Posts Tagged: iran export

 

Between the Chinese ‘surprise’ RRR and the Iran export halt to UK and France (and escalating tensions), Oil prices are off to the races this evening. WTI front-month futures have just broken $105 (now up more than 10% in the last two weeks), the highest levels in over nine months and just 8% shy of the 5/2/11 post-recession peak just under $115. Brent (priced in EUR) remains off last week’s intraday highs (as EUR strengthens) but still above the pre-recession peak but in USD it traded just shy of $121 – well above last week’s peak. Of course, this will be heralded as a sign of demand pressure from a ‘growing’ global economy rather than the margin-compressing, implicit-taxation, consumer-spending-crushing supply constraint for Europe and the US that it will become in the not too distant future. As we post, The Guardian is noting that US officials are commenting that “Sanctions are all we’ve got to throw at the problem. If they fail then it’s hard to see how we don’t move to the ‘in extremis’ option.” The impact of any escalation from here is gravely concerning with PIMCO’s $140 minimum and SocGen’s $150-and-beyond Brent prices rapidly coming into focus – and for those pinning their hopes on the Saudis coming to the rescue (and fill the Iranian output gap), perhaps the news that our Middle-East ‘allies’ cut both production and exports in December will stymie any euphoria.

From The Guardian: US officials believe Iran sanctions will fail, making military action likely

• Growing view that strike, by Israel or US, will happen
• ‘Sweet spot’ for Israeli action identified as September-October
• White House remains determined to give sanctions time

It’s not that the Israelis believe the Iranians are on the brink of a bomb. It’s that the Israelis may fear that the Iranian programme is on the brink of becoming out of reach of an Israeli military strike, which means it creates a ‘now-or-never’ moment,” he said.

That’s what’s actually driving the timeline by the middle of this year. But there’s a countervailing factor that [Ehud] Barak has mentioned – that they’re not very close to making a decision and that they’re also trying to ramp up concerns of an Israeli strike to drive the international community towards putting more pressure on the Iranians.”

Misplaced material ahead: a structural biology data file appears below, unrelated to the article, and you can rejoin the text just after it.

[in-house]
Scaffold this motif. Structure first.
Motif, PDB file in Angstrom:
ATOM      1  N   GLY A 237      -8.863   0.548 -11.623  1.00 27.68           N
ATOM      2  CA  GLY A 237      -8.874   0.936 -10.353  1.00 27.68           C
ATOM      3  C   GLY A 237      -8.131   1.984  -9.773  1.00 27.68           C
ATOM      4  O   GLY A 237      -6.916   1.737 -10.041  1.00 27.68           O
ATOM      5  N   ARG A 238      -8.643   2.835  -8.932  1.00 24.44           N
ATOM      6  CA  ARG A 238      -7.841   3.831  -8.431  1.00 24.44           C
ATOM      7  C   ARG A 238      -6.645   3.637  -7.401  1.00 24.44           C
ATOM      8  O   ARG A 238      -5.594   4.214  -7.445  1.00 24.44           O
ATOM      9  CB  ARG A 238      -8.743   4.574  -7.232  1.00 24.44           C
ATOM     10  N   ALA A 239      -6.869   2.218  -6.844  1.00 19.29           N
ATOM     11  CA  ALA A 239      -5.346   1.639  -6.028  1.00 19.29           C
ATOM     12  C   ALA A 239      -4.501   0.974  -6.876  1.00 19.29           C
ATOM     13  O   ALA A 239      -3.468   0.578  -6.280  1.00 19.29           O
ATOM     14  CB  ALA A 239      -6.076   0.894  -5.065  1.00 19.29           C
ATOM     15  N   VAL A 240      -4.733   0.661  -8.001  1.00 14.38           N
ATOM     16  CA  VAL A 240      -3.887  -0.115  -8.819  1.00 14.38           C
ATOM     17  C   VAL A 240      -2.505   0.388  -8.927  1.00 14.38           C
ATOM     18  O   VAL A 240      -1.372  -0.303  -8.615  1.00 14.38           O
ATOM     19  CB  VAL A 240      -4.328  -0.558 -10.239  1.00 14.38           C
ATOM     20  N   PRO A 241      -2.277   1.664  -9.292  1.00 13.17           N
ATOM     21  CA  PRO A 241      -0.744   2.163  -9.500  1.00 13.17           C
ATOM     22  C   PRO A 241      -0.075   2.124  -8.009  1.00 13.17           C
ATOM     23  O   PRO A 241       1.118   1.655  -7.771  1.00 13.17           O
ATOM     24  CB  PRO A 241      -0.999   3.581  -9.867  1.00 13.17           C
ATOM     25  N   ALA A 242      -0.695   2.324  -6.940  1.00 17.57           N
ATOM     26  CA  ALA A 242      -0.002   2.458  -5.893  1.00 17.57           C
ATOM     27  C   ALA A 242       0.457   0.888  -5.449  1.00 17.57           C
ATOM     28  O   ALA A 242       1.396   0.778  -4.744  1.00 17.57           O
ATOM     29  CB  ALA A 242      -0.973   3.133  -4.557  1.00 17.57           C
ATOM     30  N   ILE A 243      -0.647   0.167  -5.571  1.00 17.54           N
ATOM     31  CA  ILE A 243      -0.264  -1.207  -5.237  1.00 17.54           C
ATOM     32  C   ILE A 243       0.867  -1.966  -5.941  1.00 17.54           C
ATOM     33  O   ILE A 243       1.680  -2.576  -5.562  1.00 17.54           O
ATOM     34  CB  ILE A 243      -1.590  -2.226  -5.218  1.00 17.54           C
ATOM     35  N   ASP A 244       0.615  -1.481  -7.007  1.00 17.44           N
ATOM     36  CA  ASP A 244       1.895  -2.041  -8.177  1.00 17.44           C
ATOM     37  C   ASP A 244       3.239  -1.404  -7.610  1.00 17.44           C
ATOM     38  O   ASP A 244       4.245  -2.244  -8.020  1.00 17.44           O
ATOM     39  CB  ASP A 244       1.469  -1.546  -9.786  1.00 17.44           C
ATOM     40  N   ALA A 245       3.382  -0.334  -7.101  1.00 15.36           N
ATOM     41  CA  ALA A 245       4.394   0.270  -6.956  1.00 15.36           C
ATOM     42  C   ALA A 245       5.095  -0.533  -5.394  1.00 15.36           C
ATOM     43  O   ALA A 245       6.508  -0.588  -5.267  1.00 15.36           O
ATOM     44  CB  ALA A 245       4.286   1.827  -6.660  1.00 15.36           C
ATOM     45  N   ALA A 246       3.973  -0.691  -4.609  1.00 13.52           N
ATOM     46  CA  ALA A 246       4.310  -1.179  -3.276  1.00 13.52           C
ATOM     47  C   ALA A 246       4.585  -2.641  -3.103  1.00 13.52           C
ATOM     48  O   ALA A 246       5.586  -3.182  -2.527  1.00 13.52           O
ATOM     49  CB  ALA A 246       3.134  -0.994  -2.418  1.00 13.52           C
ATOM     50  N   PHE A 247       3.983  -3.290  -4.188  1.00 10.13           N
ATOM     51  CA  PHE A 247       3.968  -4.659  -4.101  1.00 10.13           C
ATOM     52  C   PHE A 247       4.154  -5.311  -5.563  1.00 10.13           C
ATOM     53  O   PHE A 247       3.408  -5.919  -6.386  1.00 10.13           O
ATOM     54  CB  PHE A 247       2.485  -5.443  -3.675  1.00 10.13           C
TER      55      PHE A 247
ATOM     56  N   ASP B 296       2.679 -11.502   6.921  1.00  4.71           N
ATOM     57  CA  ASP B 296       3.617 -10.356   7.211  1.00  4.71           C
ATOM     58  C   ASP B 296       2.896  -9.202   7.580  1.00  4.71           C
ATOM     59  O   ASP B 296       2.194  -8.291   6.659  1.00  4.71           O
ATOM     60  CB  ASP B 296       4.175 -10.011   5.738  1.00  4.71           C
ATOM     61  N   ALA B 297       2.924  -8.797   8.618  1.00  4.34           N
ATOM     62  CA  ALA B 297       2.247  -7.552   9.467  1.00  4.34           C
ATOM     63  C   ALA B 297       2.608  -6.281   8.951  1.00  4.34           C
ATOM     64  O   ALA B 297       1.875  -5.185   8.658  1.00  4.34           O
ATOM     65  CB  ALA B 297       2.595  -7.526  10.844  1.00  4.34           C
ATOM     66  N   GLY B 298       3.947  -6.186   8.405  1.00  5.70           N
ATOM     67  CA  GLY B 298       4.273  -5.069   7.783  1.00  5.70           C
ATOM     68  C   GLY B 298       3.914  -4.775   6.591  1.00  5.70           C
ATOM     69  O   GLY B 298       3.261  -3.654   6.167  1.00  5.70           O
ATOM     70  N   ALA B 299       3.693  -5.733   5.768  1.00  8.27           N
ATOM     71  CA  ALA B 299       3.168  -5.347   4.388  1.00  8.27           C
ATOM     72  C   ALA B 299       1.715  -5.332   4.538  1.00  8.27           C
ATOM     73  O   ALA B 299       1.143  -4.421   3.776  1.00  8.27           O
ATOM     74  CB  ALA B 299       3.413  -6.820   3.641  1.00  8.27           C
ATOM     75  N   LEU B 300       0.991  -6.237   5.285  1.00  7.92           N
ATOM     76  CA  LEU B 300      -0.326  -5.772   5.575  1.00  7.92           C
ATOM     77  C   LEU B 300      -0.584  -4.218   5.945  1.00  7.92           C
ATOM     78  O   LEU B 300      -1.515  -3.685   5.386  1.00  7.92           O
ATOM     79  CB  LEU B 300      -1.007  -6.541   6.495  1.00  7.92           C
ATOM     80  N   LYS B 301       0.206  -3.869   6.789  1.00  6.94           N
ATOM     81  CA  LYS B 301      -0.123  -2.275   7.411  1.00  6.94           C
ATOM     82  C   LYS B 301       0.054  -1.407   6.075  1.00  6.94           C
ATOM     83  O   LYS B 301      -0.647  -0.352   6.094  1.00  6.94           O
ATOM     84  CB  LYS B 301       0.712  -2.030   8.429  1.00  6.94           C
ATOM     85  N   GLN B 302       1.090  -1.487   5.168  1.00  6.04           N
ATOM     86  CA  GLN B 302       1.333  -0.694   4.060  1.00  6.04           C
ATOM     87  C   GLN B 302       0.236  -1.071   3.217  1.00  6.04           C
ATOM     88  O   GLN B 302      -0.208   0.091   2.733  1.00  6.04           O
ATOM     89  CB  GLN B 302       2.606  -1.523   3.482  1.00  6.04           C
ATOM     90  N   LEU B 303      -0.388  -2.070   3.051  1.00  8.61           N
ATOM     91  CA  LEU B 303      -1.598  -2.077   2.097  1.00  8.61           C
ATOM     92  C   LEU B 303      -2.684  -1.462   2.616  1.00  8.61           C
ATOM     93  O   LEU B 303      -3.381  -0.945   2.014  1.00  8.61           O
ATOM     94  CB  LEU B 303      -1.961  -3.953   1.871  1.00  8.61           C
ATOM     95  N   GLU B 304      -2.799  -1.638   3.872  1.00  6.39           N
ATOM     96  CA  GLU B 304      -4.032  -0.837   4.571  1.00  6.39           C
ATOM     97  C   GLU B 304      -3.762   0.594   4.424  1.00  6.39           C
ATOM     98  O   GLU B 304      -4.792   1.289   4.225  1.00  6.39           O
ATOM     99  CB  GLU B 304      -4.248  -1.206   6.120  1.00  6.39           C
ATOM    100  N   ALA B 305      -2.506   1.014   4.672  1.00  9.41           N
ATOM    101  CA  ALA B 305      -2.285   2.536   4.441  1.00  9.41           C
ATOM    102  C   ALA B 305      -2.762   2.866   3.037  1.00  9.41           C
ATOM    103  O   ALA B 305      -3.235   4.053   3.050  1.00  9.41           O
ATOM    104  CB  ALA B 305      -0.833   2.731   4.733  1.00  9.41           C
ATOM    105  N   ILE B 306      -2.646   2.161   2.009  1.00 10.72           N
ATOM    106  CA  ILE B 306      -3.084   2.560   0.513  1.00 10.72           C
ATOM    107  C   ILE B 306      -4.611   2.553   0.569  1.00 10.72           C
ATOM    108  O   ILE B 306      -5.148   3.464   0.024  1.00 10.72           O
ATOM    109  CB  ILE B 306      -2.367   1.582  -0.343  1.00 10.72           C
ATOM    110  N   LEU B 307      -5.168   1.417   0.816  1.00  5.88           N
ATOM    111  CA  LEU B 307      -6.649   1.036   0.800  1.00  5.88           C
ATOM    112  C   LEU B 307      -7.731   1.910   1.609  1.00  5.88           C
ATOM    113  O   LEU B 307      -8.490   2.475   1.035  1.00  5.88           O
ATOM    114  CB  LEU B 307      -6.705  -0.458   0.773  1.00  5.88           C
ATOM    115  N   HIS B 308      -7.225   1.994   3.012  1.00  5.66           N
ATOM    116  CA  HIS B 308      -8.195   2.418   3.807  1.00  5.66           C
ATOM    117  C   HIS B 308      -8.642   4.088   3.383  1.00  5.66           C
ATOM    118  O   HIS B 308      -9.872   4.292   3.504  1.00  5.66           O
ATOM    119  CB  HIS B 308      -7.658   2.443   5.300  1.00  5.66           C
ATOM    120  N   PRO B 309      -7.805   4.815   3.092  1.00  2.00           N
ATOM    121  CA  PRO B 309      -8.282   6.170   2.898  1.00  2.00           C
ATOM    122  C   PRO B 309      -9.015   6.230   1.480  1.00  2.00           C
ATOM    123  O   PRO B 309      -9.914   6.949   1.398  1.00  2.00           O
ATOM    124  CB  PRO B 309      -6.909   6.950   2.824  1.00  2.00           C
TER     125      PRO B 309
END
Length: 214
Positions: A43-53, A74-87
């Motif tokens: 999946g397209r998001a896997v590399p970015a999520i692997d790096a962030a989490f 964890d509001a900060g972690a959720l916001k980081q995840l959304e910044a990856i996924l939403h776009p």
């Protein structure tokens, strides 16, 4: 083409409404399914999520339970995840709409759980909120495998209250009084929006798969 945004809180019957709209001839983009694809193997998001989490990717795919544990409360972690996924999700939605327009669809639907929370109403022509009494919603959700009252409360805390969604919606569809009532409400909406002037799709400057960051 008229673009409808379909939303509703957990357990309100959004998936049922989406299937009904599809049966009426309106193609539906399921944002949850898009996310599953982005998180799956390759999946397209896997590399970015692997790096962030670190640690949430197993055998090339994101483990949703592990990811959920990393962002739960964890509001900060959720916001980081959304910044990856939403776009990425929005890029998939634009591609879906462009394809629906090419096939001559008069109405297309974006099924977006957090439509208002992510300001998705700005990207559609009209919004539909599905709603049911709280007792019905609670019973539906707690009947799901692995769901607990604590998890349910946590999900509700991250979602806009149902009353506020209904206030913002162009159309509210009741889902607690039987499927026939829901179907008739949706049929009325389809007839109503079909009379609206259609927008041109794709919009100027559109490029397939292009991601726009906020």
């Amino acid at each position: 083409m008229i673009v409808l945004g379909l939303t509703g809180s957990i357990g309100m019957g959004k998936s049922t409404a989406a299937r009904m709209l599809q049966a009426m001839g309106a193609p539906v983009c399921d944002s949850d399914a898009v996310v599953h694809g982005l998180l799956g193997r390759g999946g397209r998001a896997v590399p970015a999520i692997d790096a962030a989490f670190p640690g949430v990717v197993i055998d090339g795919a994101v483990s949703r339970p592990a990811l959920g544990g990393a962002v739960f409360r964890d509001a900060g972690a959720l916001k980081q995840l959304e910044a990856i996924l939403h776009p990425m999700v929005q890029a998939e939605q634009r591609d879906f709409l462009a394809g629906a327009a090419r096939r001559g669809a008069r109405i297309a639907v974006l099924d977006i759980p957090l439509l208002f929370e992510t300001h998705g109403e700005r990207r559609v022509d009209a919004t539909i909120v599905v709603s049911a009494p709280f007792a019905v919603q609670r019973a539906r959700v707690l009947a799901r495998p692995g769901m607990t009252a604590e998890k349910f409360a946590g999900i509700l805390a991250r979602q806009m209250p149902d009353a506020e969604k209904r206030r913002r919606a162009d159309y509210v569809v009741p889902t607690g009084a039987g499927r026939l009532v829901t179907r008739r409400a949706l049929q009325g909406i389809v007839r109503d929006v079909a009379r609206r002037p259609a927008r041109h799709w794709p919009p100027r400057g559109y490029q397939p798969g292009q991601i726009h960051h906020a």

On 15th Feb ,We had written about WTI CRUDE : http://bit.ly/wWls2G

On 8th Feb ,We had written about BRENT CRUDE :http://bit.ly/xL0EAC

 

Between the Chinese ‘surprise’ RRR and the Iran export halt to UK and France (and escalating tensions), Oil prices are off to the races this evening. WTI front-month futures have just broken $105 (now up more than 10% in the last two weeks), the highest levels in over nine months and just 8% shy of the 5/2/11 post-recession peak just under $115. Brent (priced in EUR) remains off last week’s intraday highs (as EUR strengthens) but still above the pre-recession peak but in USD it traded just shy of $121 – well above last week’s peak. Of course, this will be heralded as a sign of demand pressure from a ‘growing’ global economy rather than the margin-compressing, implicit-taxation, consumer-spending-crushing supply constraint for Europe and the US that it will become in the not too distant future. As we post, The Guardian is noting that US officials are commenting that “Sanctions are all we’ve got to throw at the problem. If they fail then it’s hard to see how we don’t move to the ‘in extremis’ option.” The impact of any escalation from here is gravely concerning with PIMCO’s $140 minimum and SocGen’s $150-and-beyond Brent prices rapidly coming into focus – and for those pinning their hopes on the Saudis coming to the rescue (and fill the Iranian output gap), perhaps the news that our Middle-East ‘allies’ cut both production and exports in December will stymie any euphoria.